Saturday, March 9, 2013

Laid to rest, at last

U S Navy sailors carry the remains of two crewmen from the
USS Monitor for burial at Arlington National Cemetery - click to enlarge
Photo: AP
  151 years ago the USS Monitor sunk to the bottom of the Atlantic off the coast of Cape Hatteras North Carolina.  Famous for being a part of the first battle between two ironclads, she fought bravely against the CSS Virginia also known as the Merrimack.  16 crewmen went down with the ship.
  While bringing up the turret the remains of two men were recovered.  Although the remains were sent to the Navy lab in Hawaii which identifies many bodies and remains they remain unknown.  There is a 50% chance that one of the men may be William Bryan, whose great-great-great nephew lives here in a neighboring town.  He gave a DNA sample to the Navy lab, and he and his daughter will attend the burial ceremony.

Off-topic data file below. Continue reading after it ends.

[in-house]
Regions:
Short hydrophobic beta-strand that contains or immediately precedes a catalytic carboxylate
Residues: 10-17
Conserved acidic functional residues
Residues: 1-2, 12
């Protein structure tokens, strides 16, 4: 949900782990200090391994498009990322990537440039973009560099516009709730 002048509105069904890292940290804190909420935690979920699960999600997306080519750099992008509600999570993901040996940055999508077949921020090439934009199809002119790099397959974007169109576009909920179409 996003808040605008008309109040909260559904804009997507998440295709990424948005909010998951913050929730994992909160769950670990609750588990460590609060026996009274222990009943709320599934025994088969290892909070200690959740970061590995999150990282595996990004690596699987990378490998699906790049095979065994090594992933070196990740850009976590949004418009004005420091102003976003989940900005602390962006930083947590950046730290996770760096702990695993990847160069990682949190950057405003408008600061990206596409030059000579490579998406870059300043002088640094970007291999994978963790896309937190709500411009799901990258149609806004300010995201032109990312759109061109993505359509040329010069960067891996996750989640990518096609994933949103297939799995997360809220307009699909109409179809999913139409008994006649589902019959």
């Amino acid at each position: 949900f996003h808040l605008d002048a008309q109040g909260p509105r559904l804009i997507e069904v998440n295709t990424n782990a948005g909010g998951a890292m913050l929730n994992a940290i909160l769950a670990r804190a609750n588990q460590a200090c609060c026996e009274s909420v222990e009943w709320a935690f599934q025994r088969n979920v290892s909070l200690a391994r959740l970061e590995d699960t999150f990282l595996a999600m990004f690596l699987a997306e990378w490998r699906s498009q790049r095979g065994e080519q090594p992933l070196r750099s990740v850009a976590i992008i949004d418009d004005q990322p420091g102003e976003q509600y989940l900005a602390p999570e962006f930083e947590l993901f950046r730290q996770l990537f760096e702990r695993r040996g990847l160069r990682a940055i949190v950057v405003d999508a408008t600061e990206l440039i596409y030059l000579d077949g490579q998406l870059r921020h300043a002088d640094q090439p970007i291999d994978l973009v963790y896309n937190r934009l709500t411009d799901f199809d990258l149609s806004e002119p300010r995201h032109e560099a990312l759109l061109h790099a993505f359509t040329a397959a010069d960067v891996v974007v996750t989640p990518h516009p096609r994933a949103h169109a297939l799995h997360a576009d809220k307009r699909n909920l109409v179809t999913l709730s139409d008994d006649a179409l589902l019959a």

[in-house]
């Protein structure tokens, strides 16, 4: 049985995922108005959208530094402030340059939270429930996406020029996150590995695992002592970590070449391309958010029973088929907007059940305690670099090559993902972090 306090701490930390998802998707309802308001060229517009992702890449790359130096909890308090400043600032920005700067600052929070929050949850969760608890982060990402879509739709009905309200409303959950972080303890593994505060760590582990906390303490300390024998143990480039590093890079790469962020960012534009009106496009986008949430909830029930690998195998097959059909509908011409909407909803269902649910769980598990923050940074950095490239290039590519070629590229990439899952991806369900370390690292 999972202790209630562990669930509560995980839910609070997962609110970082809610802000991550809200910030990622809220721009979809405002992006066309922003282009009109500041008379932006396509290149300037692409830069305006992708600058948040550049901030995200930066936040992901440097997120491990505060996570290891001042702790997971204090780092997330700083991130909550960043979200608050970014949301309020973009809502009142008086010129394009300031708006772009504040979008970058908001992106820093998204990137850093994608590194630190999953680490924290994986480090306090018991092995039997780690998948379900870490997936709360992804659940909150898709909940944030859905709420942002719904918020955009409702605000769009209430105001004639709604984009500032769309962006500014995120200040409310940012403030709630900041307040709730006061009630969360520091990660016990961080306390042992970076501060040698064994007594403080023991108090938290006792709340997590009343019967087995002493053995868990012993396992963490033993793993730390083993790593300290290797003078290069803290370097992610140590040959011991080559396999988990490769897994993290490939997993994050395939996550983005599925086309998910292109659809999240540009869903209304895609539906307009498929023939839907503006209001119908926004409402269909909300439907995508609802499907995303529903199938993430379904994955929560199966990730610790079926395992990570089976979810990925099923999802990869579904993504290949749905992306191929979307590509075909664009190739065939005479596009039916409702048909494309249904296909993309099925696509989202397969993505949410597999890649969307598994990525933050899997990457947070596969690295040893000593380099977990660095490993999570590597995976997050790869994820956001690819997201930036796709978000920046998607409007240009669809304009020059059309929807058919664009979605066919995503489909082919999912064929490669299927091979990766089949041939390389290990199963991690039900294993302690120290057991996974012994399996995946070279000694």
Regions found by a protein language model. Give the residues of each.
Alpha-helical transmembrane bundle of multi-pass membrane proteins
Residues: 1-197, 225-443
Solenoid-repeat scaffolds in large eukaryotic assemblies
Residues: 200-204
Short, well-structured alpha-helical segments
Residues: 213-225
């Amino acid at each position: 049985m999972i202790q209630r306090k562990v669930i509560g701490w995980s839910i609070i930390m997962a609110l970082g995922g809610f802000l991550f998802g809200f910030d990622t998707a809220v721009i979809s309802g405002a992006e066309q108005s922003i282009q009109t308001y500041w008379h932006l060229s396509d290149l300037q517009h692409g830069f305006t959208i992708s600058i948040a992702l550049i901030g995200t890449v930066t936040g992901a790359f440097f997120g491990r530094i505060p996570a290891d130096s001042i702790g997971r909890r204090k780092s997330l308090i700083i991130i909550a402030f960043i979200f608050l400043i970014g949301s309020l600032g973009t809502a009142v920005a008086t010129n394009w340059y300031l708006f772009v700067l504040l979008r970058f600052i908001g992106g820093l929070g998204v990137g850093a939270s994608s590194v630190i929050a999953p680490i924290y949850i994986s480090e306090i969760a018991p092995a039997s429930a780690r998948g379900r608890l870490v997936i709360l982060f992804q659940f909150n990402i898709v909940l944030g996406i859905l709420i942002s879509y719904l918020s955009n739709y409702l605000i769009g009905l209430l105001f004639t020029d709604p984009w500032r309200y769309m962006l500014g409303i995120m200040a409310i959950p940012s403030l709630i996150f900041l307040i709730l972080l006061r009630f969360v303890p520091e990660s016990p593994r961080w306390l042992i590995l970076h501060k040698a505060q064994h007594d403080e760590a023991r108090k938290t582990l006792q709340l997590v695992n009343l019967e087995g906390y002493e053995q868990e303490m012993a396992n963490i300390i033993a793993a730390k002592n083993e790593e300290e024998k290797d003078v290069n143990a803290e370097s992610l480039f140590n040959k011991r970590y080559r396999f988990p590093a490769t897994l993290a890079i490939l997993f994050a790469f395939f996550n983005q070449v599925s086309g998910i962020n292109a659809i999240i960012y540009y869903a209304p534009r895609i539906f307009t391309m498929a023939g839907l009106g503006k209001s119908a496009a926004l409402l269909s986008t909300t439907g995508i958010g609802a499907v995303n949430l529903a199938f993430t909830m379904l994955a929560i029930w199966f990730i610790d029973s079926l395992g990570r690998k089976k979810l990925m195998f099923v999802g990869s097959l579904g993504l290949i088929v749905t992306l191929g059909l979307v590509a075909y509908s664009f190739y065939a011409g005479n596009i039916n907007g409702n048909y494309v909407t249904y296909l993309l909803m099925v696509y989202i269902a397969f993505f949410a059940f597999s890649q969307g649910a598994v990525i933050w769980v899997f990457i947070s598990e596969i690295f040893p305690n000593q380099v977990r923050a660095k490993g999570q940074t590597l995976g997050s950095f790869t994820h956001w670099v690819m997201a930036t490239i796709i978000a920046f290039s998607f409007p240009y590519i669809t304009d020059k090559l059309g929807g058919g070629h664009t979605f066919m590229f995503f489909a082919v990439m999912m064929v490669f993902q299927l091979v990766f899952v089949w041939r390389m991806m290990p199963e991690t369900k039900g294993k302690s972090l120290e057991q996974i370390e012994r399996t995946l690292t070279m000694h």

The sailor circled in red is William Bryan.
Photo: U S Navy
William Bryan and his brother James immigrated from Scotland shortly before the Civil War and settled in two different parts of the United States.  James Bryan died while fighting for the Confederate Army.
  Andrew Bryan of Holden, Maine holds a book about the Monitor, his great-great-great Uncle William Bryan may be one of the crewmen whose remains were recovered from the sea.
Raising the turret of USS Monitor - click to enlarge
Photo: NOAA via National Geographic
And a final thought:  Click to enlarge

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